Angela’s Corner: Q & A with EmmaAngela Banker
My daughter means the world to me, and seeing her distraught over breast cancer was painful to watch. Emma was a champ throughout my diagnosis, and even my sister’s. However, she still had her own moments and issues during my diagnosis. I sat down with Emma recently to gain a little extra perspective from her point-of-view. To all of the moms out there seeking treatment, this little Q & A session might help you know what your child may be thinking and feeling.
I was sad. I knew some people die from cancer since we do the Relay for Life and I really didn’t want to lose you.
What was the scariest thing about everything?
That you had more cancer than what they thought you did.
When Mommy left for her surgery, how’d you feel?
Sad. I didn’t want you to leave because I would miss you. Without you, I may have nightmares. I feel safe when I know you are home. I was scared too. I really wanted you to come back, but I had Daddy and Rosie (our dog) to keep me company.
What were the saddest and happiest moments?
Altogether, I would say you having breast cancer was the saddest. Knowing that there is such a big family history scares me. The happiest would be when you were done with recovering from your mastectomies and you were able to come home. I knew your cancer was gone then.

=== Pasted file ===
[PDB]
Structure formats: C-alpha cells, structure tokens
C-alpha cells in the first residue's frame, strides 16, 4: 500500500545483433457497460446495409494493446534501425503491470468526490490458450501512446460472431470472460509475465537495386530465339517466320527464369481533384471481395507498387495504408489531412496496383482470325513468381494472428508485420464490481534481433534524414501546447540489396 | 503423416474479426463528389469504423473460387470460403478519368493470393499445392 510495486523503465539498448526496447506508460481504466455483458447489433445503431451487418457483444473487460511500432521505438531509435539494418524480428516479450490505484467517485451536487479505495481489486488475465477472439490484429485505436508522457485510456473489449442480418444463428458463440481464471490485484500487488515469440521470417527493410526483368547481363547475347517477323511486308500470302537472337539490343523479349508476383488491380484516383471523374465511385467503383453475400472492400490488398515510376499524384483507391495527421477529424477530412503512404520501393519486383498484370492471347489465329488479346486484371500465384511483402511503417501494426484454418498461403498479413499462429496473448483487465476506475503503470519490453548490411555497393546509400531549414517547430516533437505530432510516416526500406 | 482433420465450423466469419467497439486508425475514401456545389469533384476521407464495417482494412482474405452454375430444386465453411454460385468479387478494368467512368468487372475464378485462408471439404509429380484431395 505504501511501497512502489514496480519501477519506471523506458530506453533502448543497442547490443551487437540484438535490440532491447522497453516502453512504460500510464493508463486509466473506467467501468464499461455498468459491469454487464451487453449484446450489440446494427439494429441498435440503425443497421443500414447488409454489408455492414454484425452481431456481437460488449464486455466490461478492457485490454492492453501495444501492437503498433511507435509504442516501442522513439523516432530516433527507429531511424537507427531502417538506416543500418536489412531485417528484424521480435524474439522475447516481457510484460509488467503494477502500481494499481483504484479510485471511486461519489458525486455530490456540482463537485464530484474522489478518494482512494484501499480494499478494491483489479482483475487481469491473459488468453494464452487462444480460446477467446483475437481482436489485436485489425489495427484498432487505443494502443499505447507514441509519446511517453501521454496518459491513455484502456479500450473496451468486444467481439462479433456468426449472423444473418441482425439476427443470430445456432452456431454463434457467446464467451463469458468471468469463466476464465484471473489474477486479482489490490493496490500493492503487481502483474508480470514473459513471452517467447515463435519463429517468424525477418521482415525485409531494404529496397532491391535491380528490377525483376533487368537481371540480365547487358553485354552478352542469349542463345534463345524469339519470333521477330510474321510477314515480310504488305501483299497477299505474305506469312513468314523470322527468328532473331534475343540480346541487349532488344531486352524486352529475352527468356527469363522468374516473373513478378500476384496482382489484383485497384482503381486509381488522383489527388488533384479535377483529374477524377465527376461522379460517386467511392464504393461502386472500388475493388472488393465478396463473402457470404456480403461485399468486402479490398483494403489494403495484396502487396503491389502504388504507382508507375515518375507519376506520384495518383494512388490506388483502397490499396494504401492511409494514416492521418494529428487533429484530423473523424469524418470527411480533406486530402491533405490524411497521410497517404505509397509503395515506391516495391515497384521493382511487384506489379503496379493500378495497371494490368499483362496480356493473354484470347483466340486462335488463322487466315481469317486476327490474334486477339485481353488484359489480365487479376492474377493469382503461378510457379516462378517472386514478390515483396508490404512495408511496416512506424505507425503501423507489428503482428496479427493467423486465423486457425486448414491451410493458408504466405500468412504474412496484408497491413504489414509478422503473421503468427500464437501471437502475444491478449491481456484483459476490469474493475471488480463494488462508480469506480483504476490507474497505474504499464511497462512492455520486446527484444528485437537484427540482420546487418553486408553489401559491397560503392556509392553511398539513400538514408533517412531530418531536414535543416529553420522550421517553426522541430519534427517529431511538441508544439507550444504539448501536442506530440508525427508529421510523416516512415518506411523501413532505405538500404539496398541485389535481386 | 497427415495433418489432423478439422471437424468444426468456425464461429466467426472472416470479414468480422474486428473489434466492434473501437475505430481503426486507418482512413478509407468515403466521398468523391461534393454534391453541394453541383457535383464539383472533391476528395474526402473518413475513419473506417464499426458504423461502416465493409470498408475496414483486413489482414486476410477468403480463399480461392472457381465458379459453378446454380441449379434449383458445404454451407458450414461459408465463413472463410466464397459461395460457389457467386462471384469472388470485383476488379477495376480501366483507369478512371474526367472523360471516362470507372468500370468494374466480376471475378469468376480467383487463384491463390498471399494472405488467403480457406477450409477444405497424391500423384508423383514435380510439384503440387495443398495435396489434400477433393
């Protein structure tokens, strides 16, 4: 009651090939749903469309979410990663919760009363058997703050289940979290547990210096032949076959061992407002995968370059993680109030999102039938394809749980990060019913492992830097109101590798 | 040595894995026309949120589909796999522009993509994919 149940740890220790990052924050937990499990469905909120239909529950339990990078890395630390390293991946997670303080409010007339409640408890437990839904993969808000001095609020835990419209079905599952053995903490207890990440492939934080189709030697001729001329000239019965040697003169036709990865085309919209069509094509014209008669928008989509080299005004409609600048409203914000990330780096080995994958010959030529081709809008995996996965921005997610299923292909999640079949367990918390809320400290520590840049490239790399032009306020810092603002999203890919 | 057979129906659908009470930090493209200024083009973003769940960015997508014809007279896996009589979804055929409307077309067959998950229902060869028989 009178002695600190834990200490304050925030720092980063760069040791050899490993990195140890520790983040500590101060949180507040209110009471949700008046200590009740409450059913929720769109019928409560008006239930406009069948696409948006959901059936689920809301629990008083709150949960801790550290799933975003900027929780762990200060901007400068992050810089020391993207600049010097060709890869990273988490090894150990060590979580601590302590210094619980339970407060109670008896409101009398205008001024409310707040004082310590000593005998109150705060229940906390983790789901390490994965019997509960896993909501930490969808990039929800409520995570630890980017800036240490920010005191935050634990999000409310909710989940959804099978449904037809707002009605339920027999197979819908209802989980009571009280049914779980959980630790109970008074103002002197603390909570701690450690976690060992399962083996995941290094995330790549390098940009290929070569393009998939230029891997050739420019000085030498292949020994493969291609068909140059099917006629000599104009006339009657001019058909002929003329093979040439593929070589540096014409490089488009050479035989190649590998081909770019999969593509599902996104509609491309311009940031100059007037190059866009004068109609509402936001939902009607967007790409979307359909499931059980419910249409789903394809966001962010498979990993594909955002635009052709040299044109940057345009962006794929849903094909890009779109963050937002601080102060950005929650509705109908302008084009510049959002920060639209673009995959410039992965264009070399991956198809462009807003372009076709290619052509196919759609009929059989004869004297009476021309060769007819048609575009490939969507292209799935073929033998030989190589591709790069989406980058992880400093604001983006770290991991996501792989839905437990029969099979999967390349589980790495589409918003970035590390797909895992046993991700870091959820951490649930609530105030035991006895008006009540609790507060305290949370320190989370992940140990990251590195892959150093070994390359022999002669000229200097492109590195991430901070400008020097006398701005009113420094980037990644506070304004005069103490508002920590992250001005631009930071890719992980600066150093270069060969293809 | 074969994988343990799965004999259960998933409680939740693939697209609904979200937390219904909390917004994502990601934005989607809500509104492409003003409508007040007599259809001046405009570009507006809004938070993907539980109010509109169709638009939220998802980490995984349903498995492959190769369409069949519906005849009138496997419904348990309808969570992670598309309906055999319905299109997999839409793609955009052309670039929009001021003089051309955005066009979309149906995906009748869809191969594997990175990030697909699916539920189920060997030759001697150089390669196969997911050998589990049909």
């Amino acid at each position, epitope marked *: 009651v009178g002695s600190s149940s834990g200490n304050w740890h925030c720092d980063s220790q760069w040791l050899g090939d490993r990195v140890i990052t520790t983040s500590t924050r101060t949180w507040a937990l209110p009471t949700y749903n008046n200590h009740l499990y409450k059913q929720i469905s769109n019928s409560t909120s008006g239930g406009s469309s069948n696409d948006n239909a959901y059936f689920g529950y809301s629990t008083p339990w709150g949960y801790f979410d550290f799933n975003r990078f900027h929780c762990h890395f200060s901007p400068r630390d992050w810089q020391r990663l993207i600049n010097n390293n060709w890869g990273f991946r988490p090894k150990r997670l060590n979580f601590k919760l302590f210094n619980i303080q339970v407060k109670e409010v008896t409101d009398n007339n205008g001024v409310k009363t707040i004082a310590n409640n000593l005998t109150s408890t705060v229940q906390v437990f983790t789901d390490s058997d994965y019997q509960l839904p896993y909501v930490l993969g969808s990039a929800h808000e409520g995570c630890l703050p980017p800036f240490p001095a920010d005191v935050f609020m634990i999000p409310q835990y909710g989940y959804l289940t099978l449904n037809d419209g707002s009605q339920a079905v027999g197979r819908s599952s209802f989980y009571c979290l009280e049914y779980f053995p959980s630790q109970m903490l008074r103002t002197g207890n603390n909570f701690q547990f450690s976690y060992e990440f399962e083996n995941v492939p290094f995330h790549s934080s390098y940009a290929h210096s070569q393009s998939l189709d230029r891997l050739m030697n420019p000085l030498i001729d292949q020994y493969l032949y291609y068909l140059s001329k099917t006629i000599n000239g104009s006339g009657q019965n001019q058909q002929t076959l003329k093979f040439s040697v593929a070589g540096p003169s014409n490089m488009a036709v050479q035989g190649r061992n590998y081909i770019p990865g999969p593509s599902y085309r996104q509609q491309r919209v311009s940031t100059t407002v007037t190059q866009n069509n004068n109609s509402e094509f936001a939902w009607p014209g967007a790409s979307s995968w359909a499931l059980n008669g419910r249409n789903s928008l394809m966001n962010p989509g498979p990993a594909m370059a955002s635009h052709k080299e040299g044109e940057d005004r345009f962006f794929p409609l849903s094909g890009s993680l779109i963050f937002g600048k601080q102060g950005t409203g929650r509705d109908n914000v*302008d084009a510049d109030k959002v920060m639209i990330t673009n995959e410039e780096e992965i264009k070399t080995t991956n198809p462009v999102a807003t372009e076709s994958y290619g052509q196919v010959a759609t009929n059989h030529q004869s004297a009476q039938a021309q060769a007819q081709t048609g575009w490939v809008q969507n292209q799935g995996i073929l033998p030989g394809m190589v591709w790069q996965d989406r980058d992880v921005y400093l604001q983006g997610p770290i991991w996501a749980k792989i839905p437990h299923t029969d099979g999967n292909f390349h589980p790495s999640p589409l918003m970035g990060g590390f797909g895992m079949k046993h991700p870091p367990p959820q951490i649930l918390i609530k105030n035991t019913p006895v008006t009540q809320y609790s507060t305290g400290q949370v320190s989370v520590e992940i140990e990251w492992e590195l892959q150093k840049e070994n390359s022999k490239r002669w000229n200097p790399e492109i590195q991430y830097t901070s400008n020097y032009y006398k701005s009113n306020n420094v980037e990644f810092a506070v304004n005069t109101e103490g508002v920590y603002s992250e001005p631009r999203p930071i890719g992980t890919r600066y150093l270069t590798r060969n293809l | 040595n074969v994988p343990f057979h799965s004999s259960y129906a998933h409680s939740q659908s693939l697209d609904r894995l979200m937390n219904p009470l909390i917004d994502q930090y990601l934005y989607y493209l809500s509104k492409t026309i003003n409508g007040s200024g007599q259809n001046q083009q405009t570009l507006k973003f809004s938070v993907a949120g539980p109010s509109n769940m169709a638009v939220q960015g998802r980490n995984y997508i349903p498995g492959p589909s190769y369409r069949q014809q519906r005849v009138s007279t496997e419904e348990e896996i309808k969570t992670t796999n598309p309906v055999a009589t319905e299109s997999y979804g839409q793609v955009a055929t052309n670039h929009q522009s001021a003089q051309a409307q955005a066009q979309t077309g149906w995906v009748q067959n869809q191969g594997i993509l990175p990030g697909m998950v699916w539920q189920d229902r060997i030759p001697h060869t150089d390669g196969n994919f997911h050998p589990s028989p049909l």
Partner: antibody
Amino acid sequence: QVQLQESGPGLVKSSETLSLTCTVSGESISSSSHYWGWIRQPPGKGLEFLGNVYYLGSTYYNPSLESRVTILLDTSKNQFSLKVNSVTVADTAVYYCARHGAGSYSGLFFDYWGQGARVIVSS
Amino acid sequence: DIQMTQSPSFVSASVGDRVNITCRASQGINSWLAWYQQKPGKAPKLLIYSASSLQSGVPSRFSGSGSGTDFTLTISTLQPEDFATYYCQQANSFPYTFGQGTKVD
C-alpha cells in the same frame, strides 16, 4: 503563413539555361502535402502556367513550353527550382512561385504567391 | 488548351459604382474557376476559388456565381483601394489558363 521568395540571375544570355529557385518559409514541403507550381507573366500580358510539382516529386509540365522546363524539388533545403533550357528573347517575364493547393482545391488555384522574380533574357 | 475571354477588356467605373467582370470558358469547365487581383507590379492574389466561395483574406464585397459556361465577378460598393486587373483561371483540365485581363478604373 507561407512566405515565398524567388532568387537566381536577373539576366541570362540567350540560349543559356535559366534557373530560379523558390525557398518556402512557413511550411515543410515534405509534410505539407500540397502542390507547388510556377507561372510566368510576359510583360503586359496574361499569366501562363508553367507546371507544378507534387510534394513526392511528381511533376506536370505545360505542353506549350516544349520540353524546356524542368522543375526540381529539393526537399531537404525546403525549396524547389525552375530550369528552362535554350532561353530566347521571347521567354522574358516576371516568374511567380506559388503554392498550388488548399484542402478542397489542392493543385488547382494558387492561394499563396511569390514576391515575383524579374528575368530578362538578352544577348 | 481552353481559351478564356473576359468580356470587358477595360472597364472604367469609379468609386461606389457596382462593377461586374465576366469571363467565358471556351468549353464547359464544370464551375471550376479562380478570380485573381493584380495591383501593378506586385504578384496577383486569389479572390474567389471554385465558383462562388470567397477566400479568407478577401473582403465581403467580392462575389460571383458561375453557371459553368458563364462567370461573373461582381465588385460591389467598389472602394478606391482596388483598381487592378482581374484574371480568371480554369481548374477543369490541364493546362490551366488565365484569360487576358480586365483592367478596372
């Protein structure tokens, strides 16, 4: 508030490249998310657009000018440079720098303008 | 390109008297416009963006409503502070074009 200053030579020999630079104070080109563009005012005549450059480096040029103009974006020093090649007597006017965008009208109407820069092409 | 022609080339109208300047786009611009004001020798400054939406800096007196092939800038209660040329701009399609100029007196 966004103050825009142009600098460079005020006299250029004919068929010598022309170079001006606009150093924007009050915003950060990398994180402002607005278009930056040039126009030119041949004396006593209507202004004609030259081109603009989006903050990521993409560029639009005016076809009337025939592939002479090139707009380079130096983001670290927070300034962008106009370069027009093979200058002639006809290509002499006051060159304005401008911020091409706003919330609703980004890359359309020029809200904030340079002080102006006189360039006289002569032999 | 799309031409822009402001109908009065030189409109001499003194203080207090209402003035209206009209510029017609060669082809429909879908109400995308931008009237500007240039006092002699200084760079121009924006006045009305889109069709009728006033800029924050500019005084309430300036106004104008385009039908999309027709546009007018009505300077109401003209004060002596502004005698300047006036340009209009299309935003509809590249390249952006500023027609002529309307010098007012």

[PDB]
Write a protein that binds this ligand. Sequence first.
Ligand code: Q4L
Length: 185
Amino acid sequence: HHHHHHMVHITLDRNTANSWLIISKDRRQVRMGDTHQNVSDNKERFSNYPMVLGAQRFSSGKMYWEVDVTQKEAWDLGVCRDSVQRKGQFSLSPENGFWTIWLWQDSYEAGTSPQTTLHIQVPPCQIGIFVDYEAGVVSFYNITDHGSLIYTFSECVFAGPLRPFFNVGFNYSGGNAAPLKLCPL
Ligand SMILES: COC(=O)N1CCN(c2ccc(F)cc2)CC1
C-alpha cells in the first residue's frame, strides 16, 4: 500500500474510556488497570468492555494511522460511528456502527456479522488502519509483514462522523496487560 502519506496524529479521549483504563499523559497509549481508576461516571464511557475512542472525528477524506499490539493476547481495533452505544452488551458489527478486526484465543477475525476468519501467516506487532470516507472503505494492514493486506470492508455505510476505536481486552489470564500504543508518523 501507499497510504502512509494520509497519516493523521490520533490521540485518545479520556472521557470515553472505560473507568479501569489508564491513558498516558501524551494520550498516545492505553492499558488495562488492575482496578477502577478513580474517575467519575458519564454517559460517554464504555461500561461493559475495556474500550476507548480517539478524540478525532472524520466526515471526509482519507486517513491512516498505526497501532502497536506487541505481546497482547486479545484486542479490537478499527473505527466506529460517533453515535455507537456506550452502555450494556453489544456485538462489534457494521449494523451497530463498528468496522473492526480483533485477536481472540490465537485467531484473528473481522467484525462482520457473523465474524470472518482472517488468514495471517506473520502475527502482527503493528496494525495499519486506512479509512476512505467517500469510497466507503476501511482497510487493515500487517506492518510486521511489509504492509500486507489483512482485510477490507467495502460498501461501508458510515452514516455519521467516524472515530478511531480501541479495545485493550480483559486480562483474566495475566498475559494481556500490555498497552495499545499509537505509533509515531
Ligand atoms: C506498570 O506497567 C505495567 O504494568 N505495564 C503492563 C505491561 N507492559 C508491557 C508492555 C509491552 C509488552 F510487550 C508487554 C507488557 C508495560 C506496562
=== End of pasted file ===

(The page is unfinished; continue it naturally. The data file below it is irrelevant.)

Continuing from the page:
I loved it! You could come back home and you could do stuff with me other than sleep and watch movies.
What was it like going to the doctor’s with Mommy?
When I went to one of your (plastic surgery) appointments, watching that needle go into your boob was scary. I had a lot of fun though because we made a day out of it. Going to Pike’s Place Market in Seattle is always fun.
What was the best and worst thing about the whole experience?
The worst was finding out you had cancer and figuring out that I might get cancer when I’m older. I don’t know if there is a best thing about it. Knowing that we got your cancer out and that you are here is pretty good.
I cried when you had cancer too because you left me to have your mastectomies. I didn’t want anyone else in our family to have cancer. It made Great-Nana, Nana, you, and then Auntie; that’s too many people.
When you saw Auntie without her hair for the first time how’d that go?
It was kind of funny and sad. Funny because she was bald and had these teeny-tiny specs of hair coming out, like when I see my baby pictures. Sad because she had cancer and it was a way to show me she wasn’t healthy any more. I was afraid to give her a hug because I didn’t want to hurt her.
What would be your advice to another child whose parent is going through all of this?
Just stay calm. Pray that they’ll be better. Talk to others and know you don’t have to be scared by yourself. Give them a bunch of loves when they are feeling sad because it will help them feel better.
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